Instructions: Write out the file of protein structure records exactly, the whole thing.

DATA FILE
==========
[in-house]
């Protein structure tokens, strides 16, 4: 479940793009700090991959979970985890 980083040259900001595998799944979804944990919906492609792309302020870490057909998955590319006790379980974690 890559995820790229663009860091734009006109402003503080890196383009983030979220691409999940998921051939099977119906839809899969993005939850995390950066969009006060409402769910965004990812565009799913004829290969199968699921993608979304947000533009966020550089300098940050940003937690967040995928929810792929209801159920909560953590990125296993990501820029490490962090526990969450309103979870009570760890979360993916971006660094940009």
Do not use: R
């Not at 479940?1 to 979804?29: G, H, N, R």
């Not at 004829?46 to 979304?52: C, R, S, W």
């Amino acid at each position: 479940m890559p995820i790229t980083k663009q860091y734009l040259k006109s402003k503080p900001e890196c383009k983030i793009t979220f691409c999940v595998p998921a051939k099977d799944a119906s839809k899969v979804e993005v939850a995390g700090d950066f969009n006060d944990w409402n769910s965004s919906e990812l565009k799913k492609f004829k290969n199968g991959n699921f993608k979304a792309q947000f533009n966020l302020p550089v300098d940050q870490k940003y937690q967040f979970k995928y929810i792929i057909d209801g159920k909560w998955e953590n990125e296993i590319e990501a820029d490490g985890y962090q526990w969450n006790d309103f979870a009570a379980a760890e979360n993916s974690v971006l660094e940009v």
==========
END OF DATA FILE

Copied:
[in-house]
């Protein structure tokens, strides 16, 4: 479940793009700090991959979970985890 980083040259900001595998799944979804944990919906492609792309302020870490057909998955590319006790379980974690 890559995820790229663009860091734009006109402003503080890196383009983030979220691409999940998921051939099977119906839809899969993005939850995390950066969009006060409402769910965004990812565009799913004829290969199968699921993608979304947000533009966020550089300098940050940003937690967040995928929810792929209801159920909560953590990125296993990501820029490490962090526990969450309103979870009570760890979360993916971006660094940009």
Do not use: R
């Not at 479940?1 to 979804?29: G, H, N, R």
């Not at 004829?46 to 979304?52: C, R, S, W």
């Amino acid at each position: 479940m890559p995820i790229t980083k663009q860091y734009l040259k006109s402003k503080p900001e890196c383009k983030i793009t979220f691409c999940v595998p998921a051939k099977d799944a119906s839809k899969v979804e993005v939850a995390g700090d950066f969009n006060d944990w409402n769910s965004s919906e990812l565009k799913k492609f004829k290969n199968g991959n699921f993608k979304a792309q947000f533009n966020l302020p550089v300098d940050q870490k940003y937690q967040f979970k995928y929810i792929i057909d209801g159920k909560w998955e953590n990125e296993i590319e990501a820029d490490g985890y962090q526990w969450n006790d309103f979870a009570a379980a760890e979360n993916s974690v971006l660094e940009v």